Despite the Colorado mass shooter reportedly being an immigrant from Syria who practices Islam, Newsweek reports that a Twitter spokesperson told the outlet that calling the gunman a “White Christian terrorist" does not violate the social media platform’s misinformation policies.
Former New York Times writer, Bari Weiss, recently published a piece warning of a “danger, this one from the left … one that has attained cultural dominance, capturing America’s elites and our most powerful institutions.”
“I am here to ring the alarm,” writes Weiss. “I’m here to say: Do not be shocked anymore … It’s time to accept reality, if we want to have any hope of fixing it.” Weiss describes a growing and institutionally enforced anti-Semitism, and proceeds to list a series of incidents that she says cannot be accurately understood as isolated, but instead as an essential and insidious component of the new liberalism, a “mixture of postmodernism, postcolonialism, identity politics, neo-Marxism, critical race theory, intersectionality, and the therapeutic mentality.”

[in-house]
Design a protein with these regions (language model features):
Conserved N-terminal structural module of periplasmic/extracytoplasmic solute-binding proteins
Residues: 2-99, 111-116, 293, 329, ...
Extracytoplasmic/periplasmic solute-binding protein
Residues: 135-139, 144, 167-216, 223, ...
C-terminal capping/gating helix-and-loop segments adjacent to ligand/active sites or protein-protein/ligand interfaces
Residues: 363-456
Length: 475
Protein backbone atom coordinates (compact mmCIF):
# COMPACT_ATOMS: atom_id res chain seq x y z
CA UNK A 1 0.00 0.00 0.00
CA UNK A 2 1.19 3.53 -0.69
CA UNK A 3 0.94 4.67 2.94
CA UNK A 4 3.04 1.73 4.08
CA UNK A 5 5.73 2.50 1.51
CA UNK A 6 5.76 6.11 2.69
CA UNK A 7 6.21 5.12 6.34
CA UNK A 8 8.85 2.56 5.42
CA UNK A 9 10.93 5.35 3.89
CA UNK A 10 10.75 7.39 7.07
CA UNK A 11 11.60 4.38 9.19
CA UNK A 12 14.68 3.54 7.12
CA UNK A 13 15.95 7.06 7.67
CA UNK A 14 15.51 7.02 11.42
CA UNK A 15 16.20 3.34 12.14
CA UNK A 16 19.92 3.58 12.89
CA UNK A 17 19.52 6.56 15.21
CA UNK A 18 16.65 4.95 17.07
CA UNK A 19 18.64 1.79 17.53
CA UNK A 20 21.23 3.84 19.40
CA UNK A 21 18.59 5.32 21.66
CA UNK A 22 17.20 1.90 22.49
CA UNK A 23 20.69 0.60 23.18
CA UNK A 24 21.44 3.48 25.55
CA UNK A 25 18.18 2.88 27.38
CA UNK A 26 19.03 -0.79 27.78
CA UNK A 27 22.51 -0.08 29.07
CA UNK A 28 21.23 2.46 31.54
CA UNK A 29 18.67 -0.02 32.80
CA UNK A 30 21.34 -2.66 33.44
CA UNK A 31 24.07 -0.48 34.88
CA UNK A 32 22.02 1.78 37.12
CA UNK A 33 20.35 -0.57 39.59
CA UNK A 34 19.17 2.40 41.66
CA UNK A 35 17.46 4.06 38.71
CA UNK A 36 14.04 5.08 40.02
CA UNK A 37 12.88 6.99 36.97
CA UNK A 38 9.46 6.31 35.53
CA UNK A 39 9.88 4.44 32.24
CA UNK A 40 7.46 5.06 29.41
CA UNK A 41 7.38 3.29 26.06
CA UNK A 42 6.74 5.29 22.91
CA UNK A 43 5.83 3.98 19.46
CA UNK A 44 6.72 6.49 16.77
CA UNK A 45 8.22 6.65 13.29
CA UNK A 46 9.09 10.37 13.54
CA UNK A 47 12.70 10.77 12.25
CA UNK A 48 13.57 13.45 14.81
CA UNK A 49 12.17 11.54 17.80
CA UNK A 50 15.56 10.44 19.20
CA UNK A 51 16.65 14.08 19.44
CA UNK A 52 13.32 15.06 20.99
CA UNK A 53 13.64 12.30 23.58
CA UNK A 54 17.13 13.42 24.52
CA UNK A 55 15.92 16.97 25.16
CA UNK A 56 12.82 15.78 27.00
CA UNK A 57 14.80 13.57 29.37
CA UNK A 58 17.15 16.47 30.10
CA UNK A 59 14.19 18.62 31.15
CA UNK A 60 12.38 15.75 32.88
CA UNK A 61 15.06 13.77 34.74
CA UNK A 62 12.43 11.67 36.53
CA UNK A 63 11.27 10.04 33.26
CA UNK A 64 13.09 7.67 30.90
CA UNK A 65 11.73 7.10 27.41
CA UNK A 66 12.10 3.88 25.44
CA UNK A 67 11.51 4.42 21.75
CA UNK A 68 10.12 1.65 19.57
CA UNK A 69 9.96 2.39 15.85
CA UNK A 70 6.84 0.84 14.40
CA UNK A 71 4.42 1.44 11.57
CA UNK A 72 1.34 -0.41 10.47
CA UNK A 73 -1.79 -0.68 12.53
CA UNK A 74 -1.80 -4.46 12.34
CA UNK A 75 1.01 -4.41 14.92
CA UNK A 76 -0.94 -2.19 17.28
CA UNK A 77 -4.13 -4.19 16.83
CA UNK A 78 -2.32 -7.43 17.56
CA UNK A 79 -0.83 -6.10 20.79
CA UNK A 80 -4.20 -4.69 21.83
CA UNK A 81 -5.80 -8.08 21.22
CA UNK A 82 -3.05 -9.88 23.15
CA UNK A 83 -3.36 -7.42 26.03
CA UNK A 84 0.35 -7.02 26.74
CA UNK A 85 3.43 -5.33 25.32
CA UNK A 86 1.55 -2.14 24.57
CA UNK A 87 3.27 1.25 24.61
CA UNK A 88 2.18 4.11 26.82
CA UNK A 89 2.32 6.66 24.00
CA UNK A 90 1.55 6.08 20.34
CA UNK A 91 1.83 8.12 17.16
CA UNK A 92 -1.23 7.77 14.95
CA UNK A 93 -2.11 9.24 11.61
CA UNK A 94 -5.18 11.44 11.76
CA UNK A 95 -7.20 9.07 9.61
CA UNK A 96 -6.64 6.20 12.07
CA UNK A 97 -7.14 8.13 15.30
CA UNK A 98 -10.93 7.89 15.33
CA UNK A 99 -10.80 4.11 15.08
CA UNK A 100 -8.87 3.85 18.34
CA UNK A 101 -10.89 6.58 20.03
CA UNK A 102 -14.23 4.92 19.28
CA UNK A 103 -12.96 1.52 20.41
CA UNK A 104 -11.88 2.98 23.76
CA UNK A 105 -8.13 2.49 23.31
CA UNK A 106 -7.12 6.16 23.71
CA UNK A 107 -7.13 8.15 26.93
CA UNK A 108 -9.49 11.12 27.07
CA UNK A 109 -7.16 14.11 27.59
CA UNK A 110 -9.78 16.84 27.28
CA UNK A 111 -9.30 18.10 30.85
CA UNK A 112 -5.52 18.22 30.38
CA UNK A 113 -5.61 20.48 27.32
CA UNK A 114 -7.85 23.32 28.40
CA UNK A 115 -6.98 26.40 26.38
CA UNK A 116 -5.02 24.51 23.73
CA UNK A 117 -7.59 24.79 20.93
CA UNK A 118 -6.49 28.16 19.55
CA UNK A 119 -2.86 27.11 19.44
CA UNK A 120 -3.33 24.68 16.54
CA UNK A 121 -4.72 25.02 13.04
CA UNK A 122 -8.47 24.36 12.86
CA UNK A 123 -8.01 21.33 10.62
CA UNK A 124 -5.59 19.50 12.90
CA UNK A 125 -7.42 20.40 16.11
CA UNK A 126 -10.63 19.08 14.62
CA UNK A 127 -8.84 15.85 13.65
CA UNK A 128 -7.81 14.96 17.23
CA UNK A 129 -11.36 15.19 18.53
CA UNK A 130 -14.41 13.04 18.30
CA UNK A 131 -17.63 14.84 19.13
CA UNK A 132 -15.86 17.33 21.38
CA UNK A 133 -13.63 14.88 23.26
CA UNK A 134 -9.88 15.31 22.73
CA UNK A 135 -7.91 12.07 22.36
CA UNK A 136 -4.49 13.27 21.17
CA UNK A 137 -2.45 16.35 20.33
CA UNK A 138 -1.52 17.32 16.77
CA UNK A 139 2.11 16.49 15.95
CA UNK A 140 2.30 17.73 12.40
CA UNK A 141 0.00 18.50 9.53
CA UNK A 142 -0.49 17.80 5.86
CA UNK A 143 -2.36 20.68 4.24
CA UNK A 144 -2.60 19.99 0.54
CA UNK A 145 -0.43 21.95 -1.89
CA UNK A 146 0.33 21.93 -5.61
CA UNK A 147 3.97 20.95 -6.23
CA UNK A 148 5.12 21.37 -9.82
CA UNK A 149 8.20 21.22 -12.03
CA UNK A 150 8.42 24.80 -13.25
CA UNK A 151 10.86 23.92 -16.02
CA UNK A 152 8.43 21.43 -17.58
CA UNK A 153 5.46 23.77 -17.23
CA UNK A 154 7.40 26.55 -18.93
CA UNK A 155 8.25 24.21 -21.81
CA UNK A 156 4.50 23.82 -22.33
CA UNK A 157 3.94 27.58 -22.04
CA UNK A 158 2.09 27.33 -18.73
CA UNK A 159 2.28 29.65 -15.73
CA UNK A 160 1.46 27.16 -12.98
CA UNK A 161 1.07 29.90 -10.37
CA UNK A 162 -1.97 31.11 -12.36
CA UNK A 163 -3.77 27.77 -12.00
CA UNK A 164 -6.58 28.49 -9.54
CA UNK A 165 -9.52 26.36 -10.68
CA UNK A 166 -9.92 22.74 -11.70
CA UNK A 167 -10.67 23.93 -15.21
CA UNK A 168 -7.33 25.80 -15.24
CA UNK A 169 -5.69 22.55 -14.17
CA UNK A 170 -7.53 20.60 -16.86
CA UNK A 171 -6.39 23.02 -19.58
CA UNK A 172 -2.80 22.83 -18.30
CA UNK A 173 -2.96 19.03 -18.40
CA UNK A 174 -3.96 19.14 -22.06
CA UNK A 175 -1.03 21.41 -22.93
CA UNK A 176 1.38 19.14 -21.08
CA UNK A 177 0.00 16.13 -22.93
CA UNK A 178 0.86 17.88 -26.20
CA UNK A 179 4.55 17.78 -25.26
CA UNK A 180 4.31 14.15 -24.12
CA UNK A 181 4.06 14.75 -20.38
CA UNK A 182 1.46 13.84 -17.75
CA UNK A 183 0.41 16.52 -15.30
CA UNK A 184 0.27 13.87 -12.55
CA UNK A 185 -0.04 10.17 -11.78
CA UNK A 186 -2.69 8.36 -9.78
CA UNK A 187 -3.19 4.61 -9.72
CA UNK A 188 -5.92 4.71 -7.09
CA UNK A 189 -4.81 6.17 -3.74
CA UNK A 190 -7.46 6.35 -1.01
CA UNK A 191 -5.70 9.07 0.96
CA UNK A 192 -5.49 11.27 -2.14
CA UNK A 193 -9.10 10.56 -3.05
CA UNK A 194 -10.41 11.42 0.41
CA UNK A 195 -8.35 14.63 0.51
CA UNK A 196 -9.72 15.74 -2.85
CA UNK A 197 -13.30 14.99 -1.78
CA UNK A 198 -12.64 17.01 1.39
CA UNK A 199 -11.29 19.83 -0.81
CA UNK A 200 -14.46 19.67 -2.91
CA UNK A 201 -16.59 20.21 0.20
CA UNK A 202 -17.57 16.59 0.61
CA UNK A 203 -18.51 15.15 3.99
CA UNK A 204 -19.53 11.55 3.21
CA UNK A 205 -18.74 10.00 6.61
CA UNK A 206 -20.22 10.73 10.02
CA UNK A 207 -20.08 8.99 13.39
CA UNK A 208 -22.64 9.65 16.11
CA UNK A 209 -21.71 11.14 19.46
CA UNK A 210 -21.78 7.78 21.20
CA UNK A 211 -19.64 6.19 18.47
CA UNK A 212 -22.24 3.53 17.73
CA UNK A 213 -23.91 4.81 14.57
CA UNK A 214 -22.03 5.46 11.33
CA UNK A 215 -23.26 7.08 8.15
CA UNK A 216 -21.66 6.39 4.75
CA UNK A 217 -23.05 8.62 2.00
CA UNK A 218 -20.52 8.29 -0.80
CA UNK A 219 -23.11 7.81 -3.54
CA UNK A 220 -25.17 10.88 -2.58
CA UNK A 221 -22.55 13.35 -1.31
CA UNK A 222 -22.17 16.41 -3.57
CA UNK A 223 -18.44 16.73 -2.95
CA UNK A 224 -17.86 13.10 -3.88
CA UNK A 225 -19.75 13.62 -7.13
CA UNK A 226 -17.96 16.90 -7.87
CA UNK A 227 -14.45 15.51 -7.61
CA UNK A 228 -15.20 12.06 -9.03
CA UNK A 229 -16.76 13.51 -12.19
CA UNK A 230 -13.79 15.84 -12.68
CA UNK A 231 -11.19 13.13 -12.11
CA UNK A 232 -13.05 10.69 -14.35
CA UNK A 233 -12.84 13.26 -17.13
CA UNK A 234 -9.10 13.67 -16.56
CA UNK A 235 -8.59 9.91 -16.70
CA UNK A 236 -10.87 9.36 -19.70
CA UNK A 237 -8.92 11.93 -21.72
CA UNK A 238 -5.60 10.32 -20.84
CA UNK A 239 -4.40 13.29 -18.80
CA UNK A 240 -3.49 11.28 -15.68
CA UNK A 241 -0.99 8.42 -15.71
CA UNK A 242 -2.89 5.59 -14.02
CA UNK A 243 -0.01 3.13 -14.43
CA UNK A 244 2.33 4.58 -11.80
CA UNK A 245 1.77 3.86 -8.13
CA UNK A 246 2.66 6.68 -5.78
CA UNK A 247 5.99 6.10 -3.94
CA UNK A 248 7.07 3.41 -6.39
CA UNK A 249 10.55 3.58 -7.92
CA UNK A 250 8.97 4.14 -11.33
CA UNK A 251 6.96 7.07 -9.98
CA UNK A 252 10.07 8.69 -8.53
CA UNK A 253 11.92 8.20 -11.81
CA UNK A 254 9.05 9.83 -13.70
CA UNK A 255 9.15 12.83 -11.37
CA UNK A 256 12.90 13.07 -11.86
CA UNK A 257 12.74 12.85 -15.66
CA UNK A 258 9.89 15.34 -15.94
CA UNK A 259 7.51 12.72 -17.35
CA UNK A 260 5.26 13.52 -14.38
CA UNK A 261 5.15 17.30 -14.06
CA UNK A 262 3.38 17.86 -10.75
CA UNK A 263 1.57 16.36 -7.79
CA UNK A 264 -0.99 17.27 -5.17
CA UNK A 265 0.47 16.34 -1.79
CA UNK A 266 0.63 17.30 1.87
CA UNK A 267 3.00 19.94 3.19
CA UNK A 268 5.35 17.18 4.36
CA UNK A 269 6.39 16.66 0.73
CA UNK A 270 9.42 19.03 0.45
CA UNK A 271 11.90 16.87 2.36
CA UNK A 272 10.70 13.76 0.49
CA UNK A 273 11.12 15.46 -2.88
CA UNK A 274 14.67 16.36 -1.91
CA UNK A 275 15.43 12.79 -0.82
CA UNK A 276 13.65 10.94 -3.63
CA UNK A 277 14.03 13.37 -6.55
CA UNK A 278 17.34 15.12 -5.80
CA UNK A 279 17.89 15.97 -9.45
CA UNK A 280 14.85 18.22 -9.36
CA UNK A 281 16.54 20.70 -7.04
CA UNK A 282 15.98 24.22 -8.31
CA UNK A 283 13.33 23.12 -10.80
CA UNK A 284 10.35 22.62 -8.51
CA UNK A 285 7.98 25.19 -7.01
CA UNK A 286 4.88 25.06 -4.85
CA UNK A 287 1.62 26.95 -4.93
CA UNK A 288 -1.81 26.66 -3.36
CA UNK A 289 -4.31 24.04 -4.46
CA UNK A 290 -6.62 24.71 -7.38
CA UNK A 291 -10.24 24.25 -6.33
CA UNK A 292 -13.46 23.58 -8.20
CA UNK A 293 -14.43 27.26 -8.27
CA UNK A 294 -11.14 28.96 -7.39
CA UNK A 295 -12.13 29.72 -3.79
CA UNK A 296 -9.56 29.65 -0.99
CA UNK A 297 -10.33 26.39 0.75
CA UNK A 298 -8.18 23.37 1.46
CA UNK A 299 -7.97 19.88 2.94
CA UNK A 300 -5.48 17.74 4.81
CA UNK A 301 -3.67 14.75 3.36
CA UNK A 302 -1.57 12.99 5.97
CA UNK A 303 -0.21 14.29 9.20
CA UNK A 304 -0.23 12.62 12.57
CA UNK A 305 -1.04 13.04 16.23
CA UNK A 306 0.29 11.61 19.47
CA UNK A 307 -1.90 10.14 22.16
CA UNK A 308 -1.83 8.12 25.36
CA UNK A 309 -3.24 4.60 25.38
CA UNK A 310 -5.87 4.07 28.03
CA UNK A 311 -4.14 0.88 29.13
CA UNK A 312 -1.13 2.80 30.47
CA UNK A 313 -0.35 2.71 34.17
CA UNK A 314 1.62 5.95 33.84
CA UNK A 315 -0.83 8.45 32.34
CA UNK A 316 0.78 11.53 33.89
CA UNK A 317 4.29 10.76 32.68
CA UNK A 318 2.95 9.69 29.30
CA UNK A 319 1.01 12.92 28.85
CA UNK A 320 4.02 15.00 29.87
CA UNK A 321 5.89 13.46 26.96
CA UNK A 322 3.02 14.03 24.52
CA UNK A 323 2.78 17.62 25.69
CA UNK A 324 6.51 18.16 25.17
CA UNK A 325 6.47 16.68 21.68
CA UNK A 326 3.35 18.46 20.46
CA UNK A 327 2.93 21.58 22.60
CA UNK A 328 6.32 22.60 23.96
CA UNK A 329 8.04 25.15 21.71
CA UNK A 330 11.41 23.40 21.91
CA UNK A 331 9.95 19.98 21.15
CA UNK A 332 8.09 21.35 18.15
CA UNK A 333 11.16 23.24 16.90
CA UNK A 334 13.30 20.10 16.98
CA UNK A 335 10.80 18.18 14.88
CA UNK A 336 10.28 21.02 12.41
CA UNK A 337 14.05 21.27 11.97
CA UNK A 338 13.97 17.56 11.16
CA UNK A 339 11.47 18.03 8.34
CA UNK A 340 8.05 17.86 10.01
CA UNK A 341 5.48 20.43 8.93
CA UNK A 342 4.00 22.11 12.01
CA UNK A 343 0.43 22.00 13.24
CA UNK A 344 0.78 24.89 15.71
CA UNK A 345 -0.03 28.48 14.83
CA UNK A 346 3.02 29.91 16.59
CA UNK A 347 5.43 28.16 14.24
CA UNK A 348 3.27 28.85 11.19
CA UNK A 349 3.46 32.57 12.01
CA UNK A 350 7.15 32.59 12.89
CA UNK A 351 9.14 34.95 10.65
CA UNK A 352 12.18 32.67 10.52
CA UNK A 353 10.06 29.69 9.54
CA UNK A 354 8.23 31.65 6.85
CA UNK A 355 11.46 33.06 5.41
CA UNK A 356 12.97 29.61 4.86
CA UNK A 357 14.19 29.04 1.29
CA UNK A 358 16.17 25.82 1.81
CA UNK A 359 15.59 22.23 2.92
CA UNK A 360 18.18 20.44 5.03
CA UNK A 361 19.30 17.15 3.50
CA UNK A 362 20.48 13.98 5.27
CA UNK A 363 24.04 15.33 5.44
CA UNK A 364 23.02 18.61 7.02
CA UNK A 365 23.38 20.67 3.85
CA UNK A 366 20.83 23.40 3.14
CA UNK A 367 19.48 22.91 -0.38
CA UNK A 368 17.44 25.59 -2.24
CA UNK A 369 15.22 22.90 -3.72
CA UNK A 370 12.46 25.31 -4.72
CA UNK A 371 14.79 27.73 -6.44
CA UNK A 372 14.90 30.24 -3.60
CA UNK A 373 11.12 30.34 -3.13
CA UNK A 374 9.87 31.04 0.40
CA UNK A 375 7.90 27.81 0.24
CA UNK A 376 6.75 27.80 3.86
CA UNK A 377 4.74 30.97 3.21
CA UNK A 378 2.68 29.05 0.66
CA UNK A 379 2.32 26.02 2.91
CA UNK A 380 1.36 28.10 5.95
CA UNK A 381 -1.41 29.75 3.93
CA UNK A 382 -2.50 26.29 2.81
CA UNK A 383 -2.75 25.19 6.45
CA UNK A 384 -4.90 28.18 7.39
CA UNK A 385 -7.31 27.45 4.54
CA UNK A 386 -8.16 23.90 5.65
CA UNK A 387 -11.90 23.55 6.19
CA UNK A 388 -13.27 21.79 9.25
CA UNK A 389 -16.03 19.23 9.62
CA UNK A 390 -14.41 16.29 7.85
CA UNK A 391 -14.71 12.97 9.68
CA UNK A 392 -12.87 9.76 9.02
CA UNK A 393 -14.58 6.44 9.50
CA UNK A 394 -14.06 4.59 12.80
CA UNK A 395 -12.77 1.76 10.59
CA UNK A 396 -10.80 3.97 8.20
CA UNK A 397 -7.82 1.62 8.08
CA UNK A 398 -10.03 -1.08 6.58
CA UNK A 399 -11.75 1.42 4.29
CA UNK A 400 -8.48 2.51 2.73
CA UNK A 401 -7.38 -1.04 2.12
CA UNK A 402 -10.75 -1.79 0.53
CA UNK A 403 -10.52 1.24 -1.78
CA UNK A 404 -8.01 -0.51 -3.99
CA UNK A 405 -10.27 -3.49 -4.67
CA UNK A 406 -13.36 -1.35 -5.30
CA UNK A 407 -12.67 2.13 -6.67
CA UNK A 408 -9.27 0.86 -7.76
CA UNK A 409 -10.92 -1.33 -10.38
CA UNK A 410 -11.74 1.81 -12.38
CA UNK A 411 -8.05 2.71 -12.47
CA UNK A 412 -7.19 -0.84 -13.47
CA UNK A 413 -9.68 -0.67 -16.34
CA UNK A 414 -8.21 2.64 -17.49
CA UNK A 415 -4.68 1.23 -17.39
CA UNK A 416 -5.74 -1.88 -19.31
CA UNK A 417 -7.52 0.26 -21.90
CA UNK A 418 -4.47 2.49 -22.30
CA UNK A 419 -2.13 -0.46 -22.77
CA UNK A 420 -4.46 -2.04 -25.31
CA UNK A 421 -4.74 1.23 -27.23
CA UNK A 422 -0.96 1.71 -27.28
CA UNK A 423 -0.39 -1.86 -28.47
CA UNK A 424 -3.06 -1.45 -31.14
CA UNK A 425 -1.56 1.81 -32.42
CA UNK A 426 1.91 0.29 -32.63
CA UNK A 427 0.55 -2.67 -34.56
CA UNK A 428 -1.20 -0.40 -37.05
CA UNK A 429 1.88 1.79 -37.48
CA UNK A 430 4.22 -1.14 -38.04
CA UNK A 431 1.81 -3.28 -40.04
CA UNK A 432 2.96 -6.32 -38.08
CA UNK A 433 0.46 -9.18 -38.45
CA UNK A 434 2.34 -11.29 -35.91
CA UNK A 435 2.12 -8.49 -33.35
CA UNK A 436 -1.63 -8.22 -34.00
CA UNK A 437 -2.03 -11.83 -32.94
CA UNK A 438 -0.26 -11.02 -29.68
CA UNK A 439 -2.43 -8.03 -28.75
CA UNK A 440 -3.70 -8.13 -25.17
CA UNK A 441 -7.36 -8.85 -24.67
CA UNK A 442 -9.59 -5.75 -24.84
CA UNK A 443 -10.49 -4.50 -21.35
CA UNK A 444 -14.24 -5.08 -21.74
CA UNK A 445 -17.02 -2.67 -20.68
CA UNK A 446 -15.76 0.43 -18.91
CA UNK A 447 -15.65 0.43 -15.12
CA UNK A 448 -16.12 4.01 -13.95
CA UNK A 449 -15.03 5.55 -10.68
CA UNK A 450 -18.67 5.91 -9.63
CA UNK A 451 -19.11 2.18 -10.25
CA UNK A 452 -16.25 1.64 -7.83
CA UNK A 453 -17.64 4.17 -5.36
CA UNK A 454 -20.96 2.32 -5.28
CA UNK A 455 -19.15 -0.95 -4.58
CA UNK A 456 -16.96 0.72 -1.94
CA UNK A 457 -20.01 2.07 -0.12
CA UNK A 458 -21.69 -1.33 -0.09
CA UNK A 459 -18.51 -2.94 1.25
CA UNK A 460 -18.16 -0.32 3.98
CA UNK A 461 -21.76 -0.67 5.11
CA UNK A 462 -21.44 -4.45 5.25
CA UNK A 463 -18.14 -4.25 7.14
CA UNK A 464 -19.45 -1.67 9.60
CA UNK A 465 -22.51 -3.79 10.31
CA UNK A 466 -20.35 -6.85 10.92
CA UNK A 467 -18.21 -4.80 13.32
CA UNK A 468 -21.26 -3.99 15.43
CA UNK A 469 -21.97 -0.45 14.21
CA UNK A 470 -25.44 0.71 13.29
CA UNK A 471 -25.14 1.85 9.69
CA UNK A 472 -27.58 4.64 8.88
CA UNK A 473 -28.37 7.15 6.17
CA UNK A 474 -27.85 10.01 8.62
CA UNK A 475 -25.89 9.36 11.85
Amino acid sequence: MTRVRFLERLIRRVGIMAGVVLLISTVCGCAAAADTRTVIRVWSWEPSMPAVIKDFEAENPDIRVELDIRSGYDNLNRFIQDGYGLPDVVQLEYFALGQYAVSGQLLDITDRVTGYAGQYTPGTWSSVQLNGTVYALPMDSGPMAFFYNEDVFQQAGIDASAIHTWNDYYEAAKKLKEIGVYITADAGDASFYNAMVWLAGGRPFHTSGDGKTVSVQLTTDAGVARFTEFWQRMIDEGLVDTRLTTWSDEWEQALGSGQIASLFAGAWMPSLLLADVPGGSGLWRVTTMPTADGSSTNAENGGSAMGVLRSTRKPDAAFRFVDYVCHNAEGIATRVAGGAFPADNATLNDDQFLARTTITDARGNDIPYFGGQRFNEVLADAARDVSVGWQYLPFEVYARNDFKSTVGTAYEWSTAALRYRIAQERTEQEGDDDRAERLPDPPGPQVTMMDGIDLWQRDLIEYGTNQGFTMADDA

Broadcast, digital, and social media have made it easier than ever for us to curate our news feeds, consuming only those sources whose opinions agree with ours. As the partisan divides in our country continue to widen, these echo chambers are only reinforcing our positions and our rejection of those who disagree with us.
Misleading voices on both the left and the right confidently asserted the virus really wasn’t that bad. More than one conservative talk show host, motivated to keep the President’s wins front and center, compared Covid-19 to the common cold or seasonal flu. And more than a few liberal voices also downplayed the seriousness of COVID-19, apparently hoping to cease an opportunity to portray Trump’s travel restrictions to China as racist or otherwise misguided.